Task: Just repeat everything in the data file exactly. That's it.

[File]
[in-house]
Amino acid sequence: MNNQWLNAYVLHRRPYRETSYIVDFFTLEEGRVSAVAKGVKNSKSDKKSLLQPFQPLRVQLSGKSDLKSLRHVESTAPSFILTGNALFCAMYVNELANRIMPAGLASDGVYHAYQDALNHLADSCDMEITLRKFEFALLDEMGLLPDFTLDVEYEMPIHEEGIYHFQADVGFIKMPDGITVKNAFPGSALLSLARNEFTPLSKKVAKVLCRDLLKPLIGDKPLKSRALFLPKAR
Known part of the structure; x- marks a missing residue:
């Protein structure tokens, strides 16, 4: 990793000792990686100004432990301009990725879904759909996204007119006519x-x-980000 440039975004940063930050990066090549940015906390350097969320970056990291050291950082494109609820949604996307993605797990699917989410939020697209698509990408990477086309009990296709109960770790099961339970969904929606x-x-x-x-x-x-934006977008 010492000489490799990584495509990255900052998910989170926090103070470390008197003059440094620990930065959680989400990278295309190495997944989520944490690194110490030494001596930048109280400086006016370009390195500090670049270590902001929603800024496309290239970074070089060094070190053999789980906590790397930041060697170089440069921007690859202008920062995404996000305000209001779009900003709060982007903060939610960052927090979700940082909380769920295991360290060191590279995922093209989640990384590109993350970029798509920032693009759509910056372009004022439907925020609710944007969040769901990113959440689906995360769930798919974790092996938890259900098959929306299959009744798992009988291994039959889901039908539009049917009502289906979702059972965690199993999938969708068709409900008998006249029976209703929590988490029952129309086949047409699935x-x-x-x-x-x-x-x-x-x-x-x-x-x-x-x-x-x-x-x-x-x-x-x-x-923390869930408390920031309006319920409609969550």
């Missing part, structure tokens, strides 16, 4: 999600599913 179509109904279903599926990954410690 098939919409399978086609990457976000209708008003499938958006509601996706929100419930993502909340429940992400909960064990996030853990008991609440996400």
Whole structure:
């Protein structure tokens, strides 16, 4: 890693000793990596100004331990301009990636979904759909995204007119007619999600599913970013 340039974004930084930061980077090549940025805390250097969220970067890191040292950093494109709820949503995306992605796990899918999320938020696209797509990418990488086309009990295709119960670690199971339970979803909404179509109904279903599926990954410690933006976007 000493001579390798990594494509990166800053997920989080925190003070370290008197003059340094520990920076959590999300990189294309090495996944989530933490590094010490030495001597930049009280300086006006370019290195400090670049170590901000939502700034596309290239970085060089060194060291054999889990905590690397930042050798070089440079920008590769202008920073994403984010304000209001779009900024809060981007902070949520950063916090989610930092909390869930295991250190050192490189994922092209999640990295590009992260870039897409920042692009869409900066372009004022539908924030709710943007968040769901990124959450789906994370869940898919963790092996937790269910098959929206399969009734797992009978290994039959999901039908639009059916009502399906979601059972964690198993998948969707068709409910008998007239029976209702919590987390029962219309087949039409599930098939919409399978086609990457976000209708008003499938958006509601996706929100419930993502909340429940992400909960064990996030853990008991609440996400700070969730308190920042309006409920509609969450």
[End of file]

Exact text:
[in-house]
Amino acid sequence: MNNQWLNAYVLHRRPYRETSYIVDFFTLEEGRVSAVAKGVKNSKSDKKSLLQPFQPLRVQLSGKSDLKSLRHVESTAPSFILTGNALFCAMYVNELANRIMPAGLASDGVYHAYQDALNHLADSCDMEITLRKFEFALLDEMGLLPDFTLDVEYEMPIHEEGIYHFQADVGFIKMPDGITVKNAFPGSALLSLARNEFTPLSKKVAKVLCRDLLKPLIGDKPLKSRALFLPKAR
Known part of the structure; x- marks a missing residue:
């Protein structure tokens, strides 16, 4: 990793000792990686100004432990301009990725879904759909996204007119006519x-x-980000 440039975004940063930050990066090549940015906390350097969320970056990291050291950082494109609820949604996307993605797990699917989410939020697209698509990408990477086309009990296709109960770790099961339970969904929606x-x-x-x-x-x-934006977008 010492000489490799990584495509990255900052998910989170926090103070470390008197003059440094620990930065959680989400990278295309190495997944989520944490690194110490030494001596930048109280400086006016370009390195500090670049270590902001929603800024496309290239970074070089060094070190053999789980906590790397930041060697170089440069921007690859202008920062995404996000305000209001779009900003709060982007903060939610960052927090979700940082909380769920295991360290060191590279995922093209989640990384590109993350970029798509920032693009759509910056372009004022439907925020609710944007969040769901990113959440689906995360769930798919974790092996938890259900098959929306299959009744798992009988291994039959889901039908539009049917009502289906979702059972965690199993999938969708068709409900008998006249029976209703929590988490029952129309086949047409699935x-x-x-x-x-x-x-x-x-x-x-x-x-x-x-x-x-x-x-x-x-x-x-x-x-923390869930408390920031309006319920409609969550």
């Missing part, structure tokens, strides 16, 4: 999600599913 179509109904279903599926990954410690 098939919409399978086609990457976000209708008003499938958006509601996706929100419930993502909340429940992400909960064990996030853990008991609440996400």
Whole structure:
């Protein structure tokens, strides 16, 4: 890693000793990596100004331990301009990636979904759909995204007119007619999600599913970013 340039974004930084930061980077090549940025805390250097969220970067890191040292950093494109709820949503995306992605796990899918999320938020696209797509990418990488086309009990295709119960670690199971339970979803909404179509109904279903599926990954410690933006976007 000493001579390798990594494509990166800053997920989080925190003070370290008197003059340094520990920076959590999300990189294309090495996944989530933490590094010490030495001597930049009280300086006006370019290195400090670049170590901000939502700034596309290239970085060089060194060291054999889990905590690397930042050798070089440079920008590769202008920073994403984010304000209001779009900024809060981007902070949520950063916090989610930092909390869930295991250190050192490189994922092209999640990295590009992260870039897409920042692009869409900066372009004022539908924030709710943007968040769901990124959450789906994370869940898919963790092996937790269910098959929206399969009734797992009978290994039959999901039908639009059916009502399906979601059972964690198993998948969707068709409910008998007239029976209702919590987390029962219309087949039409599930098939919409399978086609990457976000209708008003499938958006509601996706929100419930993502909340429940992400909960064990996030853990008991609440996400700070969730308190920042309006409920509609969450």